BTW, Rick, you are spot on about the tendency of meal powder to settle (separate according to its constituent ingredients) during long storage. The need to remix it created hazards of its own, imagine a fine dust permeating the air as it was handled, waiting to catch the smallest spark or even burst of static electricity in the area.

Pukka Bundook 3rd January 2018 03:19 PM


If some powder was Very good as Elgood states, plus these barrels often being made with a large powder chamber, this could very well account for them out-ranging the muskets of the period. Smaller bore and higher velocity. Makes sense. :-)

Philip 3rd January 2018 04:59 PM

bore diameter and muzzle velocity
Originally Posted by Pukka Bundook
Smaller bore and higher velocity. Makes sense. :-)

I'm sure that this was one goal of those master Brescian barrel makers of the 17th cent. (the Cominazzi, Franzini, et al) when they designed and made those wonderful barrels for sporting guns and pistols. The marriage of superior metallurgy to a controlled relationship between bore and outer profile to create highly functional tubes of smaller bore than many north European products, but which could handle the powder charges to get those bullets moving faster. Marvellous things -- strong at the breech and thin-walled at the muzzle, giving the guns an excellent balance, with subtle aesthetic treatment that doesn't try to steal the show. No wonder that the signatures of these craftsmen were so widely faked on the numerous (and for the most part markedly inferior) knockoffs cranked out in other parts of Europe and especially parts of the western Ottoman Empire over the next 200-odd years.

rickystl 7th January 2018 04:36 PM

2 Attachment(s)
The FIFTEENTH Century ?? Well, then I stand corrected. LOL :o
That is much earlier than I thought. Apparently, the meal powder continued to be made for certain gun barrels even with the knowledge of the advanced, more powerful corn powder. Essentially, waiting for barrel development to catch up. Makes sense.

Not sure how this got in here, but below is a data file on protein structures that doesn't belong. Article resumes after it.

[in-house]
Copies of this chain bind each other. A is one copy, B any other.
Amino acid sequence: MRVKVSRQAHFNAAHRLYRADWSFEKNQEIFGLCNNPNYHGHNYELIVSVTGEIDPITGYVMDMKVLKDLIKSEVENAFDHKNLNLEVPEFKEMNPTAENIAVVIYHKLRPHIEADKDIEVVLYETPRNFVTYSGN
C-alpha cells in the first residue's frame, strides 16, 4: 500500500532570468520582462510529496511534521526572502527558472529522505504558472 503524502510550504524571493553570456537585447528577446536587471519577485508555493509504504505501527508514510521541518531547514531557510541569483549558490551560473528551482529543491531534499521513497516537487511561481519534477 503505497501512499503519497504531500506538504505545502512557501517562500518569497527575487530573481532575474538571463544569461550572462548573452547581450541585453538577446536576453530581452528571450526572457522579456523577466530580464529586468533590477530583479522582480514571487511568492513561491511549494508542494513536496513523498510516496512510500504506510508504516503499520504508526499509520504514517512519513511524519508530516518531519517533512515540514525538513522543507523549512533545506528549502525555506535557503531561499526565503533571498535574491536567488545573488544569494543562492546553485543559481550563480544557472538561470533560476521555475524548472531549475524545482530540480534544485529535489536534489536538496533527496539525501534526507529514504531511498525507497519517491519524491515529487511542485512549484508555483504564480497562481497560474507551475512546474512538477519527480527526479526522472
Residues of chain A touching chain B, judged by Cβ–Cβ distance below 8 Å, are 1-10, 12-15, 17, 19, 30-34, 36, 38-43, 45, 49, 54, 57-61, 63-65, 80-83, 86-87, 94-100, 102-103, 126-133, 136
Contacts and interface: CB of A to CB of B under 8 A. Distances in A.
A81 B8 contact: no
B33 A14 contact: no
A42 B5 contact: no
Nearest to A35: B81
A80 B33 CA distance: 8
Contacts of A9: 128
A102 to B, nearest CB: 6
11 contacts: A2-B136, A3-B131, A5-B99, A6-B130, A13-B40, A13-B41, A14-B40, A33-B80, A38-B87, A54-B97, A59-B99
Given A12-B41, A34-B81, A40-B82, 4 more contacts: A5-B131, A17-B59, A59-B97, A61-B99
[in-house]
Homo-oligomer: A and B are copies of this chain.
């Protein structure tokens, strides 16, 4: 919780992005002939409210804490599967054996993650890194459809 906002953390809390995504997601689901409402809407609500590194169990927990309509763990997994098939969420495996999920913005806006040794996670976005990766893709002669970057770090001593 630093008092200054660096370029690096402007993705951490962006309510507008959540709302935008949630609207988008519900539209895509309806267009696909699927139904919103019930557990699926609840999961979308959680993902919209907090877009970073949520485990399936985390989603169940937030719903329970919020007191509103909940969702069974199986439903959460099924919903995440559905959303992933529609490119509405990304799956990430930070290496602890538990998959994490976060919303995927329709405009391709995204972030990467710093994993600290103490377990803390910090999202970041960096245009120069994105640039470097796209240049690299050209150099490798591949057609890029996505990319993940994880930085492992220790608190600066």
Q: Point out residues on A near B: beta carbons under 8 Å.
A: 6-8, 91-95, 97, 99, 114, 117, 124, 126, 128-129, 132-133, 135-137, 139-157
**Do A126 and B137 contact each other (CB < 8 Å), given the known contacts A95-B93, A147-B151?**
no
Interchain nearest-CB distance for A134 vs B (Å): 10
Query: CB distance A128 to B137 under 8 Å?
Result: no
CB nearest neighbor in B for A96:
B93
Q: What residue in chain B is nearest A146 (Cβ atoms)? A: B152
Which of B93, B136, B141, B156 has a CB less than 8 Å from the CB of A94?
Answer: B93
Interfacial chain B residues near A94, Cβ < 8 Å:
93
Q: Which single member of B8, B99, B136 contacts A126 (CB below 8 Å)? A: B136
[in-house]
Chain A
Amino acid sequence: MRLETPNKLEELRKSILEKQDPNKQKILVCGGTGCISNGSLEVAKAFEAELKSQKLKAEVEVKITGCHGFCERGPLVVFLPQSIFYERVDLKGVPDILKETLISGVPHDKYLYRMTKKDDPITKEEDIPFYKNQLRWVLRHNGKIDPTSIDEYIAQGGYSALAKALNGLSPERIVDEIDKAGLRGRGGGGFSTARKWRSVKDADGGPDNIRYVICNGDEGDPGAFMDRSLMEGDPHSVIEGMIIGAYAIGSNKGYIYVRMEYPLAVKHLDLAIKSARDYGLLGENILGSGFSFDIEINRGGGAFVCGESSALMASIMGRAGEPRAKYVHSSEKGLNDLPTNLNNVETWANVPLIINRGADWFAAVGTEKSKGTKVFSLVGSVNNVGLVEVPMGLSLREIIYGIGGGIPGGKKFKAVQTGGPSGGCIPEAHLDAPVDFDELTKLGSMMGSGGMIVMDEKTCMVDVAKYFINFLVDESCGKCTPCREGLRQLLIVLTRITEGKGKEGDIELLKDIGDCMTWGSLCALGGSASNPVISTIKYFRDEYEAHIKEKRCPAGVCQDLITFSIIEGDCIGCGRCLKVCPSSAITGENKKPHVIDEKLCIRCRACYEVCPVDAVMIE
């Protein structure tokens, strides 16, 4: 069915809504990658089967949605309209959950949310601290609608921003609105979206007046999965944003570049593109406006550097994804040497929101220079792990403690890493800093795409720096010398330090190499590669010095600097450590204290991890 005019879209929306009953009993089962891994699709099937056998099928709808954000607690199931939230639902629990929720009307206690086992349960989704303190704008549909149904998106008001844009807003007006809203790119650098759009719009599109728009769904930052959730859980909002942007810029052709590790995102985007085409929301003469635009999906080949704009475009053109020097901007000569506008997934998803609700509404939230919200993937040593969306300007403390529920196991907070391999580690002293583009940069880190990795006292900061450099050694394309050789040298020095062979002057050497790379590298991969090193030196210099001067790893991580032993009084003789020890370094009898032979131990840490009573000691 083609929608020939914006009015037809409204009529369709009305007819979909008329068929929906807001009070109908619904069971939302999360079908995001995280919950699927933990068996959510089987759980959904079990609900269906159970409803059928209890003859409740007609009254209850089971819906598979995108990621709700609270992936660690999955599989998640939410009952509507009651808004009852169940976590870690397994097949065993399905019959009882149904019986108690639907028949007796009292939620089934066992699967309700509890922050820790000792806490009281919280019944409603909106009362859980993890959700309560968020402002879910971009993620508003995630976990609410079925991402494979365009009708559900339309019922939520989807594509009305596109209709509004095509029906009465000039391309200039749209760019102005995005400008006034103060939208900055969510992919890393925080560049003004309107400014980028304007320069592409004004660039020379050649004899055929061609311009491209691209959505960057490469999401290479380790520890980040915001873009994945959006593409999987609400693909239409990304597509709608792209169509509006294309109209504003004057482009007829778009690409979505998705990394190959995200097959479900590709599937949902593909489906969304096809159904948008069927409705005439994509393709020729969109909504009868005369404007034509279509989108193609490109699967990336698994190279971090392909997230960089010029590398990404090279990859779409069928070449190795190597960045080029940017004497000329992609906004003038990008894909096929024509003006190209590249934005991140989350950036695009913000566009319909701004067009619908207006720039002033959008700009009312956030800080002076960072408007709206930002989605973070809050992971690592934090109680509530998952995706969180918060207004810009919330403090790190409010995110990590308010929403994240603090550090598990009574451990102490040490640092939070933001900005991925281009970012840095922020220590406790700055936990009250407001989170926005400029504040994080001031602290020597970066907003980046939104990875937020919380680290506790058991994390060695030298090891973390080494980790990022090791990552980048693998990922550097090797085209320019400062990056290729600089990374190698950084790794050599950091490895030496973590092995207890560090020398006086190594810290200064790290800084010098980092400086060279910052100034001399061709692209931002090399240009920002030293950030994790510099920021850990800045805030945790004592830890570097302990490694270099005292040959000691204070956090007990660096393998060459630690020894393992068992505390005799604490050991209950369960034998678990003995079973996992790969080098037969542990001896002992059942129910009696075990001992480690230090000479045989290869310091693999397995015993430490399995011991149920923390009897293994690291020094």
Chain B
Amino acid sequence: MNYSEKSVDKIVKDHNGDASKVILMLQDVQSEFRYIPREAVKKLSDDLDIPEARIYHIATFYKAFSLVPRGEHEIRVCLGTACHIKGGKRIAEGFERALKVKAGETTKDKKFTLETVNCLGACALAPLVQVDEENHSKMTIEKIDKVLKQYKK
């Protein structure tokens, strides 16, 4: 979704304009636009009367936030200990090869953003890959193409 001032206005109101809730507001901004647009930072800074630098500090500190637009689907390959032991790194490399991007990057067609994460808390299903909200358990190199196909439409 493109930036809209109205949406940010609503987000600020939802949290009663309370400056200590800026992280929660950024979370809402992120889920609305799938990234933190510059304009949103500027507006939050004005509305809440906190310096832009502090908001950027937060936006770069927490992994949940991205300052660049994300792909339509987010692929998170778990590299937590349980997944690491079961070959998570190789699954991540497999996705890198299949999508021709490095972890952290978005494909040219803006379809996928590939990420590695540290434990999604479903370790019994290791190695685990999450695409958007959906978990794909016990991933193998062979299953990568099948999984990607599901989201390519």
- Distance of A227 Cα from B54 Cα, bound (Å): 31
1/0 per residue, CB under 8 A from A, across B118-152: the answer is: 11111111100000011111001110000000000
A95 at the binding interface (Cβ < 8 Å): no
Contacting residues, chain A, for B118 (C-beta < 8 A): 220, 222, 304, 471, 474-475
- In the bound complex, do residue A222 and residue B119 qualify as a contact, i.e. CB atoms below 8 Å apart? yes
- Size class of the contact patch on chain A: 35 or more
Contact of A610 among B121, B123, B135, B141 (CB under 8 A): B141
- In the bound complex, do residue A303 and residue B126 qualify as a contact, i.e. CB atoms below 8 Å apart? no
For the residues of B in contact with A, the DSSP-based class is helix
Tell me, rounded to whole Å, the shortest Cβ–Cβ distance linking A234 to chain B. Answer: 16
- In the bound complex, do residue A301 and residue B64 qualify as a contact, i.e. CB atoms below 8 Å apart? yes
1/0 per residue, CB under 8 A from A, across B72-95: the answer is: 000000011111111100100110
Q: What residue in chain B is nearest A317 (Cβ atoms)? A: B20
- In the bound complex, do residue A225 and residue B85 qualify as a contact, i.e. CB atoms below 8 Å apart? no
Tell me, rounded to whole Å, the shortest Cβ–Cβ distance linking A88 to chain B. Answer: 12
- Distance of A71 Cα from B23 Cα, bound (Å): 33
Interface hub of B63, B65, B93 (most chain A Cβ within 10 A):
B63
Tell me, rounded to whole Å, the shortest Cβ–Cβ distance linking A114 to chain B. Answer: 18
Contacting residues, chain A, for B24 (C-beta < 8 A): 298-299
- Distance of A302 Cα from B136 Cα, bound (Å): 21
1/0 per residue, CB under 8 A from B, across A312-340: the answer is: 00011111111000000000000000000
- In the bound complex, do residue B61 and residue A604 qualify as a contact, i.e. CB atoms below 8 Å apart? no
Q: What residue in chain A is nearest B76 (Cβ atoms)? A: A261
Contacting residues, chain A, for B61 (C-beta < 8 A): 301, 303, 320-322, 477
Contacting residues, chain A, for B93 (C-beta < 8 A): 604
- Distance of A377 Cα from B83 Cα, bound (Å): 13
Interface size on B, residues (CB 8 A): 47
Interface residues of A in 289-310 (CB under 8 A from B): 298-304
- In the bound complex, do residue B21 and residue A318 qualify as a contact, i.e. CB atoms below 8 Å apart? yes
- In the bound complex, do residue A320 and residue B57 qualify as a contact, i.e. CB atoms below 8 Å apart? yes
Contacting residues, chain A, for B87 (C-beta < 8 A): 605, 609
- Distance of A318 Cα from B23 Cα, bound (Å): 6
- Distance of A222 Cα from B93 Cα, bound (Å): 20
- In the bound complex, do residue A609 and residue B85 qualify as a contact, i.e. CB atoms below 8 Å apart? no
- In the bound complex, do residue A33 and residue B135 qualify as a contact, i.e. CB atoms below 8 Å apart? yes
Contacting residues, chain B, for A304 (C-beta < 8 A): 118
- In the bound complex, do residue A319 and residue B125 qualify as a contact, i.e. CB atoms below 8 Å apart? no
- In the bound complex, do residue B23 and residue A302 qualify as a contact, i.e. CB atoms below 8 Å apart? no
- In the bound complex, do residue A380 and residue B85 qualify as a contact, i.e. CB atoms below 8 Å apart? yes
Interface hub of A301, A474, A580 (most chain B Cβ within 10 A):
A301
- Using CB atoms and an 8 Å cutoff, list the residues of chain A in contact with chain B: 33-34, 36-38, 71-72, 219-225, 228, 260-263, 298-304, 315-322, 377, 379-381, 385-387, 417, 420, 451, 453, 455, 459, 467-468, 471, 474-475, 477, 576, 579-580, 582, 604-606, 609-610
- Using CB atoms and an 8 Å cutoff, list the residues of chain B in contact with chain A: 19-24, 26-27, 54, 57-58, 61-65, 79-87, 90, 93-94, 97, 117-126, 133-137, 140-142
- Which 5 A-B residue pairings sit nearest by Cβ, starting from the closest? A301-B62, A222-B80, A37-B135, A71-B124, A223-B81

Which, makes it very curious, as Richard mentions, that many of the Indian Torador barrels had the larger than bore size powder chamber at the breech with the constriction to keep the projectile a small distance away from the powder, allowing more oxygen in the chamber, - and were still building barrels this way in the 19th Century. Although the breech wall thickness on these barrels are very thick and heavy on these barrels. Possibly able to handle the more powerful corn powder (?) The locals also thought this barrel design was more accurate.
A few years ago I read of a test that was performed. The shooter used an original 1880's U.S. Springfield Trapdoor Rifle, and a mint condition, unopened box of original U.S.Government 45/70 black powder loaded ammo.
Also, another box of hand loaded 45/70 ammo using the same volume, bullet weight, etc. (70 grs. FFG I believe) using today's sporting black powder. The result was about a 15 percent increase in velocity and accuracy. Of course, this did not surprise most observers. Even taking into consideration the age of the powder in the original ammo, it's interesting to note that today's sporting black powder is more powerful than the same powder made as late as the 1880's.

As long as we are on the subject of powder, I thought I would post this photo below. A short while back I bought an Albanian Tanchika long gun that still had a load in the barrel. Fortunately, in this case I was able to extract the load from the barrel without disturbing the contents. The powder is of the corn variety, but the grains seem a bit inconsistant. Even though I traded the gun, I still have the contents. Interesting to see how they loaded the gun. The ball was considerably undersized which allowed me to keep the contents in such good condition after the extraction.


Philip 7th January 2018 09:54 PM

strength of old powder / consistency in grain size
Hi, Rick
Very useful info!